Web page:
NewsWHO Official Warns of Healthcare Collapse in Gaza

WHO Official Warns of Healthcare Collapse in Gaza


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A senior official from the World Health Organization (WHO) who recently returned from the Gaza Strip has sounded an alarm, asserting that the healthcare system in the region is on the verge of collapse. WHO Health Emergency Officer, Sean Casey, addressed reporters at the United Nations, describing the dire situation he witnessed during his five-week stay in Gaza, beginning in early December.

“I’ve seen the healthcare system collapsing before my eyes,” Casey stated, emphasizing the urgent need for additional workers and supplies. During his visit, he interacted with medical professionals and patients across the territory, revealing the severe conditions faced by individuals seeking medical attention.

Patients in hospitals, according to Casey, are enduring prolonged waits for care, often requesting basic necessities such as food and water. He stressed the necessity of a ceasefire while highlighting the importance of safely and swiftly moving people and aid supplies within Gaza to alleviate the ongoing suffering.

Reports indicate that the healthcare system in Gaza was robust before Hamas militants attacked Israel on October 7. The WHO now reports that approximately 15 hospitals are only partially operational, significantly hindering access to care for over 50,000 injured individuals.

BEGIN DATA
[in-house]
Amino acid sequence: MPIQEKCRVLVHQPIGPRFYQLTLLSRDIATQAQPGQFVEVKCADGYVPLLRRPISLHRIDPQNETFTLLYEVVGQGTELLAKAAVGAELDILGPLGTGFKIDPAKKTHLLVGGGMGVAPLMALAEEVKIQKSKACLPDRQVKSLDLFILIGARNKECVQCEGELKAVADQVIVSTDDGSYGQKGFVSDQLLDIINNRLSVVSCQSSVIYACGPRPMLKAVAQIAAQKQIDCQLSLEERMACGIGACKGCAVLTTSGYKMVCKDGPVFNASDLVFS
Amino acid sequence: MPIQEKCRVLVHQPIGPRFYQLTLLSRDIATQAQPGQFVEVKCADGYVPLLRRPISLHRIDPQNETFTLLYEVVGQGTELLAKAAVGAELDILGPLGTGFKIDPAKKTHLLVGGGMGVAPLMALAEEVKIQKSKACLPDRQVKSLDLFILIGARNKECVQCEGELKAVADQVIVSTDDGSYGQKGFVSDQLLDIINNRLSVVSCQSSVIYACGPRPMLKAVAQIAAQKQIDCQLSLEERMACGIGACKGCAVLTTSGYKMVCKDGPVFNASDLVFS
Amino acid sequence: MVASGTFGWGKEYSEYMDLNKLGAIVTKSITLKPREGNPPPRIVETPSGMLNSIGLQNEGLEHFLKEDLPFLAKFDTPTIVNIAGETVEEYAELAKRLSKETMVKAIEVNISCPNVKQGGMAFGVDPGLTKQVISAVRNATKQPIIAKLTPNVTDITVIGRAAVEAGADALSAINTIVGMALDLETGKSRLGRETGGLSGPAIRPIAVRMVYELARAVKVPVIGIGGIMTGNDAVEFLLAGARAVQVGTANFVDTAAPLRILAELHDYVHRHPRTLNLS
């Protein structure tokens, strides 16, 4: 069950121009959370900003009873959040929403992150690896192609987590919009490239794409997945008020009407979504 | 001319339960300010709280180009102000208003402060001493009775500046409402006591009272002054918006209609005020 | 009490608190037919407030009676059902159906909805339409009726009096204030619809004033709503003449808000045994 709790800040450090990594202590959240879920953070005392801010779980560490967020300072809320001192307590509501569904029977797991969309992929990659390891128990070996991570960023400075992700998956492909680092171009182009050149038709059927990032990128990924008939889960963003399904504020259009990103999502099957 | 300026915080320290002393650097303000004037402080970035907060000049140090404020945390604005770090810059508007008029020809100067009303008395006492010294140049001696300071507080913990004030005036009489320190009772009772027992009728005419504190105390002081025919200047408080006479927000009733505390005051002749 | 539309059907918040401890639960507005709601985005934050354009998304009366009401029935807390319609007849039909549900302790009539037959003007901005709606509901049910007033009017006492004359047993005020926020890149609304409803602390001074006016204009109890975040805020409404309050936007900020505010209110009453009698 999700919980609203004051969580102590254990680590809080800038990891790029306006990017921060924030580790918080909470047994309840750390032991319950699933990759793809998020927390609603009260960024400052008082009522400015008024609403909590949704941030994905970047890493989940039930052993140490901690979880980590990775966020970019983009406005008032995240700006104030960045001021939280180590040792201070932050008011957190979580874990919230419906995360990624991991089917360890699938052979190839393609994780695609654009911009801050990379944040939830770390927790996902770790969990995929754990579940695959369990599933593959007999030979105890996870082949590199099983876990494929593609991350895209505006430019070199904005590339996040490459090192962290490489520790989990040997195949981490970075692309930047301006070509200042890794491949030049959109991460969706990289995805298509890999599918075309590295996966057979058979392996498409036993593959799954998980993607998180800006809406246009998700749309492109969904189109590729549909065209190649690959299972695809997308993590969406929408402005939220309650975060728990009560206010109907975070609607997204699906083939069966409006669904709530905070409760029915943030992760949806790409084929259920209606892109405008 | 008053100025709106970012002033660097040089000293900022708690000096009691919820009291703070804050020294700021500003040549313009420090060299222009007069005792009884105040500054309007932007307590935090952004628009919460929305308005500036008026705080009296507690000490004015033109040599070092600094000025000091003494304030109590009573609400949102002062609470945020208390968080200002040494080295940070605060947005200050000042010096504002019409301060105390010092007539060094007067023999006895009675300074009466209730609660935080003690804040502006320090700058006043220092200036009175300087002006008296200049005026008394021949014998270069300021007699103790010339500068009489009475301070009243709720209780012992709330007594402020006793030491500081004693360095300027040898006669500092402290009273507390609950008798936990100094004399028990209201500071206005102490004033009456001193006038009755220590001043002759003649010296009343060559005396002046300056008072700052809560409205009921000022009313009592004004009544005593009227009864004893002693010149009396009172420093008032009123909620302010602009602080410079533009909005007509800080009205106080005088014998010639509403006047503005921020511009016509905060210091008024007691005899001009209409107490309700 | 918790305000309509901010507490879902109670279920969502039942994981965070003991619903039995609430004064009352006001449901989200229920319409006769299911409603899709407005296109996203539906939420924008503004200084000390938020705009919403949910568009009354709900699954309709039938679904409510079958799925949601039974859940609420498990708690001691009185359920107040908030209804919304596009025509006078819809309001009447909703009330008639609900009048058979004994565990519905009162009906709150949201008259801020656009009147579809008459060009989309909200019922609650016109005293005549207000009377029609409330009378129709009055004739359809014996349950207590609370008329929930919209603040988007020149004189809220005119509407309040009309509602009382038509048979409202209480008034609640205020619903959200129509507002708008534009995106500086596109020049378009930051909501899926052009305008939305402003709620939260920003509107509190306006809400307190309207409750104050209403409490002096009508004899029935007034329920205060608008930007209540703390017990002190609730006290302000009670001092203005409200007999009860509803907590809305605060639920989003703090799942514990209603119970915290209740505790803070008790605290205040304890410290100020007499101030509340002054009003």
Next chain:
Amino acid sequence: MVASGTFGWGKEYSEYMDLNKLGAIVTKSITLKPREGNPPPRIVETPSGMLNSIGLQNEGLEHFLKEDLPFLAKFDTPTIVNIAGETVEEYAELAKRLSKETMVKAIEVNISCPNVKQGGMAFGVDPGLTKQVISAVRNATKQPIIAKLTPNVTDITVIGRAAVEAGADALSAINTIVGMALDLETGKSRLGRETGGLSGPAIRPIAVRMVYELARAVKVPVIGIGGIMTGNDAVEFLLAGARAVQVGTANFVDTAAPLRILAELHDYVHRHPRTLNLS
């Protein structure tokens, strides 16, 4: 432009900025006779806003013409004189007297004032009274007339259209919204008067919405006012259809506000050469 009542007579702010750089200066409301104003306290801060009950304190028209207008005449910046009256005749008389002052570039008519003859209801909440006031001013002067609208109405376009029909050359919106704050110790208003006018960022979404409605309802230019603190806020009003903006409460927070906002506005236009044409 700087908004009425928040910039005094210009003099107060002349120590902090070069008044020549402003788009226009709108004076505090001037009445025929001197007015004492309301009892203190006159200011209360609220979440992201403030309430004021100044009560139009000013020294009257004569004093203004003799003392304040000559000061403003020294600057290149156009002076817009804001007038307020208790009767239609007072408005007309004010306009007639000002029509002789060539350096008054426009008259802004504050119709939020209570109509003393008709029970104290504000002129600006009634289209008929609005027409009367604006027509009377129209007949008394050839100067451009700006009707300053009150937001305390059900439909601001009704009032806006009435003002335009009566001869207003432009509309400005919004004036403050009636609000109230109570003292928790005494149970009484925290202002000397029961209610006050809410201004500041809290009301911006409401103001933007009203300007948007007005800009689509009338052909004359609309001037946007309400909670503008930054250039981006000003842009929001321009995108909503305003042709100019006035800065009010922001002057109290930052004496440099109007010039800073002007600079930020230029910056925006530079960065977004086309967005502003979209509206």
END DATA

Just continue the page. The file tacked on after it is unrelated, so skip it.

Casey pointed out the dual challenges of a shortage of supplies and healthcare workers. Many professionals are displaced and grappling with survival issues for their families. Despite the difficulties, Casey acknowledged the courage of health workers in Gaza who persist in caring for patients amid the crisis.

During his visit, Casey assessed the feasibility of bringing in more international medical teams, particularly to address the challenging situation in northern Gaza. He noted the difficulty in providing supplies to major hospitals, such as al-Shifa, for extended periods, exacerbating the already critical healthcare situation.

Israel has accused Hamas of stealing aid supplies, but Casey, based on his hospital visits, stated, “I have no evidence of supplies that have been delivered to hospitals going anywhere except to those hospitals.”

Dr. Seema Jilani, an emergency health expert with the International Rescue Committee, echoed Casey’s concerns. Having recently returned from a two-week visit to Gaza, she described it as the most extreme situation she has witnessed in terms of scale, severity of injuries, and the number of children affected. Jilani worked at Al-Aksa Hospital in Deir al-Balah, treating children with severe injuries, including amputations and burns.

Highlighting the precarious state of healthcare facilities, Jilani expressed uncertainty about the fate of the babies she treated after the hospital ran out of fuel and lost power. The situation in Gaza, as reported by healthcare professionals, underscores the urgent need for international aid and concerted efforts towards a ceasefire.

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